For not yet having their liquor license and full cocktail bar in place, Kissaki - Was - Poppin’! As soon as we arrived there was an effervescent vibe that maintained throughout the night. Sometimes people write to us saying they’re nervous to try omakase because they picture it being an uptight experience with rules that they’re not sure how to follow. If that sounds like you, first check out our What Is Omakase page, and second, head over to Kissaki because in one word, it is FUN. The eclectic and open vibe makes it hard not to make friends with everyone around you as you all share in the same exciting culinary experience. We even jokingly conspired with the couple next to us at one point to steal the box of hadate uni and make a run for it! Chef Mark makes sure you’re well fed but he also makes sure you’re having a good laugh and an overall great time.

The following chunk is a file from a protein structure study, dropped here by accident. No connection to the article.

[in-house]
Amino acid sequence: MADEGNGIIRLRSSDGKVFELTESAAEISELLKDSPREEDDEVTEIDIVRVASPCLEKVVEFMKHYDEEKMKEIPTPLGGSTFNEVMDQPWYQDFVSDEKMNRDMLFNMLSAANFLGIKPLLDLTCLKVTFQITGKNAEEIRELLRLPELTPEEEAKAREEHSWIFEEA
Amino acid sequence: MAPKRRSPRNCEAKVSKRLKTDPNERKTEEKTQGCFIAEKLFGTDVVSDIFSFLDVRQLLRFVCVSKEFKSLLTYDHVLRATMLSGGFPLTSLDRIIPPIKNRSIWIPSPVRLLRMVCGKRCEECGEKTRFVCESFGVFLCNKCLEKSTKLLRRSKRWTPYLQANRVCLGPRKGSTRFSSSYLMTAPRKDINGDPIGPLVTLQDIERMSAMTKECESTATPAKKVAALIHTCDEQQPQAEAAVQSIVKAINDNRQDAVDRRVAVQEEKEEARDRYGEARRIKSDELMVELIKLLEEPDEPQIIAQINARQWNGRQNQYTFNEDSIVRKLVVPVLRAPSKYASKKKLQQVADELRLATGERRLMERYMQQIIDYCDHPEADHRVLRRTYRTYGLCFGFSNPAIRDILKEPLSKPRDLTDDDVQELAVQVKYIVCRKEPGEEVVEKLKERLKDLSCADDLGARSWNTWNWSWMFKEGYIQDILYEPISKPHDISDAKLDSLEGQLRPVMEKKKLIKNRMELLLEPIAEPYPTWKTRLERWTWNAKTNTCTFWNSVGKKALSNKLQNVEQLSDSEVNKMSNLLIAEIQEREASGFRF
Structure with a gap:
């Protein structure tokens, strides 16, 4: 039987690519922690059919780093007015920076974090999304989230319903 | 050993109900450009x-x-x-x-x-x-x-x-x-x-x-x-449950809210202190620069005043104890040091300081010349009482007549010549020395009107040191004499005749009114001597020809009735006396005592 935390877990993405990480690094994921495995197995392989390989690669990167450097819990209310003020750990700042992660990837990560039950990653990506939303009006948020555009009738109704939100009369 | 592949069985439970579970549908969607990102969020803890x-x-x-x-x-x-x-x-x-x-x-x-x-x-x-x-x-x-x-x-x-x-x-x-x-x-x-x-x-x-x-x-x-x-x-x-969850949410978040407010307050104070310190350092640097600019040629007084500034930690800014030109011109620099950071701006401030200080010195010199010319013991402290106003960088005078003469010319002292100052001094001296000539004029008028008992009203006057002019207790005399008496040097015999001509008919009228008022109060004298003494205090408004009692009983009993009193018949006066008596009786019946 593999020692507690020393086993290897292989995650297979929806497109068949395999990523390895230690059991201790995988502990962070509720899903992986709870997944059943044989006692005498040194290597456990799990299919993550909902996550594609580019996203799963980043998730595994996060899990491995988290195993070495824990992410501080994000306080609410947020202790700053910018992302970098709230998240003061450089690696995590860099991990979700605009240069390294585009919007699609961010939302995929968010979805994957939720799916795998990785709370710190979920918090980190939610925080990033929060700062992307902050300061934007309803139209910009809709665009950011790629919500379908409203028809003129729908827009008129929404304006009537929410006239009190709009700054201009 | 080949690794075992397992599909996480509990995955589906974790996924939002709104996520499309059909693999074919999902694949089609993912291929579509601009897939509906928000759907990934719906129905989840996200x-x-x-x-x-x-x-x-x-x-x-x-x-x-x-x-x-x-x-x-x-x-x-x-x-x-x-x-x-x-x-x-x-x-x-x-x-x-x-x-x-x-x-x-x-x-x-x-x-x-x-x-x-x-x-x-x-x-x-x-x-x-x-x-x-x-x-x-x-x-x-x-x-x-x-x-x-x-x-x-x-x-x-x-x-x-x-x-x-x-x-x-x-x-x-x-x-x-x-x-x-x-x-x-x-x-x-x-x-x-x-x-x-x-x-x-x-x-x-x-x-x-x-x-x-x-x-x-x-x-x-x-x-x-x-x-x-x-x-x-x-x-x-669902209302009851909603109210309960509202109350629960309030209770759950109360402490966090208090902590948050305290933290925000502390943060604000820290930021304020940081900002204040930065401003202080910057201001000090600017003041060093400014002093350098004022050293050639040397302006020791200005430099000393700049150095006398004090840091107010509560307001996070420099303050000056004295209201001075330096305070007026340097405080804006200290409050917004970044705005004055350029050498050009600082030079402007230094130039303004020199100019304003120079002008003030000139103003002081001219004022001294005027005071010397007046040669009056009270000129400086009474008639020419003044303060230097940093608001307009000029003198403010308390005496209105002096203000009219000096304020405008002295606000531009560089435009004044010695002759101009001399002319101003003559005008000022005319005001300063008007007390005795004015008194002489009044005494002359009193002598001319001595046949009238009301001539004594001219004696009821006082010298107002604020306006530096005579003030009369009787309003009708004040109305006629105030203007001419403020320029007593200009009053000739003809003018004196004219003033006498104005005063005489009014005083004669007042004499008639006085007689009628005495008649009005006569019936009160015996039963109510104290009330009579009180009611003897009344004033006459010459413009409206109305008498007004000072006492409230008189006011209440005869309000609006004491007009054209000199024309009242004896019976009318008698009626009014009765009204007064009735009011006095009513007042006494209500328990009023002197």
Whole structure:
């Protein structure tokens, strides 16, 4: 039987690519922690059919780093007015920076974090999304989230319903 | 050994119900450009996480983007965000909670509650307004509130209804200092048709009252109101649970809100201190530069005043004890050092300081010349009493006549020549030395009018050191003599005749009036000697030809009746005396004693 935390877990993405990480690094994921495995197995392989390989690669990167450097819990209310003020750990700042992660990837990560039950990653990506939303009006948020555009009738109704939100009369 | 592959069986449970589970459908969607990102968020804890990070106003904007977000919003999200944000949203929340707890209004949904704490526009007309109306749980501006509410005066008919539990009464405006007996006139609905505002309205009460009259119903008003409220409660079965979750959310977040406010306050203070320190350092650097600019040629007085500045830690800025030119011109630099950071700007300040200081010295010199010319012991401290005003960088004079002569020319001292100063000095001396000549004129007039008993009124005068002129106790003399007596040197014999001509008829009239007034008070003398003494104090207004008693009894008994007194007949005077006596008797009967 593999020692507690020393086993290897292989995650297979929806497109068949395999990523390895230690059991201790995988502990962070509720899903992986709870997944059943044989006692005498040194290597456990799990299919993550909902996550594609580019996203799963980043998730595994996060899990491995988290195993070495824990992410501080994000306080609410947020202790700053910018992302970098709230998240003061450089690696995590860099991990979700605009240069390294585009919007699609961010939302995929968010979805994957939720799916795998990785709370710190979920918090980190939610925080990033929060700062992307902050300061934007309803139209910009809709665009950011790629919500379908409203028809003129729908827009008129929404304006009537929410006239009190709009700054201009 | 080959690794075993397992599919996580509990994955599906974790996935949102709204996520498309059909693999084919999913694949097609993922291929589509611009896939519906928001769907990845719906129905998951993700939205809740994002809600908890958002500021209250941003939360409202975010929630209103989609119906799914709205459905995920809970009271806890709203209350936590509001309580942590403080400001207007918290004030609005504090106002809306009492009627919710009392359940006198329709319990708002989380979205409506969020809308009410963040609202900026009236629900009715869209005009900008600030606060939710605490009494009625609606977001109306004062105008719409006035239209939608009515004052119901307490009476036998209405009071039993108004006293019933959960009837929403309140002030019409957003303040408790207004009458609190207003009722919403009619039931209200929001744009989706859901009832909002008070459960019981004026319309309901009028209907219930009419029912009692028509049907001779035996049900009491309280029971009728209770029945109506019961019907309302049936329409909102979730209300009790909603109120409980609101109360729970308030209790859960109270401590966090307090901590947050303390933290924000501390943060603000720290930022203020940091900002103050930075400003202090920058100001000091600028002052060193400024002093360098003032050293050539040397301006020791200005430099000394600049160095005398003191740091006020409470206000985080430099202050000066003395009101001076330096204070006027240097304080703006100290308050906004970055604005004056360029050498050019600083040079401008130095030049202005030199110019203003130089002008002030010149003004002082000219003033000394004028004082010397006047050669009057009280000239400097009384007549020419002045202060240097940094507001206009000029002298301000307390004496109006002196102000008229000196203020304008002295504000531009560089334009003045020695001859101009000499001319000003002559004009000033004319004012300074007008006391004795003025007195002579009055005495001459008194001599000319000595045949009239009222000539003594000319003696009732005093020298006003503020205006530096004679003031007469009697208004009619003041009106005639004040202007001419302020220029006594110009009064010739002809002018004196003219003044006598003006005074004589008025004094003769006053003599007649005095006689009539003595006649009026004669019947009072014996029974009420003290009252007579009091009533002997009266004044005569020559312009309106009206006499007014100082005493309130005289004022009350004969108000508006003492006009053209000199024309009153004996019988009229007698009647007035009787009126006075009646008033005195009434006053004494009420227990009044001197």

In an era where we can often feel so disconnected from each other with our heads always in our phones, Kissaki offers a reprieve from the outside world both in the enjoyment of deliciously innovative omakase, and the opportunity to connect with chefs and fellow diners, leaving you with an overall greater appreciation for the art of omakase.